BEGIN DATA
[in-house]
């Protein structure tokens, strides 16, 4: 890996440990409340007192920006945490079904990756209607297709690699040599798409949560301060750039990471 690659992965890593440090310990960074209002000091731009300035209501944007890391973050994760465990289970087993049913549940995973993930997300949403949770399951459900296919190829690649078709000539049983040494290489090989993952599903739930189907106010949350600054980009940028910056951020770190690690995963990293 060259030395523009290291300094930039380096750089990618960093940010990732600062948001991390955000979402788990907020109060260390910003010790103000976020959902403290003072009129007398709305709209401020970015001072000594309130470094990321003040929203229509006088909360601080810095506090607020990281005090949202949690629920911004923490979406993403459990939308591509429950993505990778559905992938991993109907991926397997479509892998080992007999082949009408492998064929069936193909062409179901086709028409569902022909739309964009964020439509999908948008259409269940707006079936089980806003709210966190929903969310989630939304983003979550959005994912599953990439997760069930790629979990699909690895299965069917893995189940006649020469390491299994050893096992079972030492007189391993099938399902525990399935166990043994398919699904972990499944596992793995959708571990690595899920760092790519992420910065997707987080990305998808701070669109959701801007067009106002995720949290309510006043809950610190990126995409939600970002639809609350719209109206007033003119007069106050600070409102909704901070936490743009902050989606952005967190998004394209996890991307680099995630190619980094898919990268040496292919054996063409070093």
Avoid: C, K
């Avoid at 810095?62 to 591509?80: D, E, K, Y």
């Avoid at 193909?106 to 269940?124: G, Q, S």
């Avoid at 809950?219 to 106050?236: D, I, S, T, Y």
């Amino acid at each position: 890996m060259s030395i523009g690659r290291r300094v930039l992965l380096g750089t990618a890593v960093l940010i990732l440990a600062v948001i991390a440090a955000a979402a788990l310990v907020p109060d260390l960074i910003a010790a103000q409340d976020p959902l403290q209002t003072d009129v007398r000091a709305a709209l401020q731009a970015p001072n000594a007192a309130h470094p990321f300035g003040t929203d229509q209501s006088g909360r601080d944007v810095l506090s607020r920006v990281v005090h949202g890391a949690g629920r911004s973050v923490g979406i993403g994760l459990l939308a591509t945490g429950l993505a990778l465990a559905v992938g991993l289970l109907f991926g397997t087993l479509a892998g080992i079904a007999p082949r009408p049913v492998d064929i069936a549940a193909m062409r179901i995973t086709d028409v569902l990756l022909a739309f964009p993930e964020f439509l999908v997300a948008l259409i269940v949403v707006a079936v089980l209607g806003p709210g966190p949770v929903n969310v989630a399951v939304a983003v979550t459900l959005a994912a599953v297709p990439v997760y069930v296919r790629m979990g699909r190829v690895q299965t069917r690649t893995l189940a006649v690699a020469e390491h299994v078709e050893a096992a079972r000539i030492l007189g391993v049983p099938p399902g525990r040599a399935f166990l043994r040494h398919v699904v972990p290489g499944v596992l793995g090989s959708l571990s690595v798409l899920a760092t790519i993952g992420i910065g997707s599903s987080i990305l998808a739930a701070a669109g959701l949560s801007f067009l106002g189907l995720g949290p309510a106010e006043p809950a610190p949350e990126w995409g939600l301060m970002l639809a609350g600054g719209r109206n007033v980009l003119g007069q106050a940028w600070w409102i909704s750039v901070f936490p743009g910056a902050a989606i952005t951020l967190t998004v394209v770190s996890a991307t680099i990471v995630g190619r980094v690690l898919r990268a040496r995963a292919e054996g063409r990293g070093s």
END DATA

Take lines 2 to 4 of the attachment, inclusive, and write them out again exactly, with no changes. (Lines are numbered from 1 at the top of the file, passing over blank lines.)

């Protein structure tokens, strides 16, 4: 890996440990409340007192920006945490079904990756209607297709690699040599798409949560301060750039990471 690659992965890593440090310990960074209002000091731009300035209501944007890391973050994760465990289970087993049913549940995973993930997300949403949770399951459900296919190829690649078709000539049983040494290489090989993952599903739930189907106010949350600054980009940028910056951020770190690690995963990293 060259030395523009290291300094930039380096750089990618960093940010990732600062948001991390955000979402788990907020109060260390910003010790103000976020959902403290003072009129007398709305709209401020970015001072000594309130470094990321003040929203229509006088909360601080810095506090607020990281005090949202949690629920911004923490979406993403459990939308591509429950993505990778559905992938991993109907991926397997479509892998080992007999082949009408492998064929069936193909062409179901086709028409569902022909739309964009964020439509999908948008259409269940707006079936089980806003709210966190929903969310989630939304983003979550959005994912599953990439997760069930790629979990699909690895299965069917893995189940006649020469390491299994050893096992079972030492007189391993099938399902525990399935166990043994398919699904972990499944596992793995959708571990690595899920760092790519992420910065997707987080990305998808701070669109959701801007067009106002995720949290309510006043809950610190990126995409939600970002639809609350719209109206007033003119007069106050600070409102909704901070936490743009902050989606952005967190998004394209996890991307680099995630190619980094898919990268040496292919054996063409070093």
Avoid: C, K
């Avoid at 810095?62 to 591509?80: D, E, K, Y």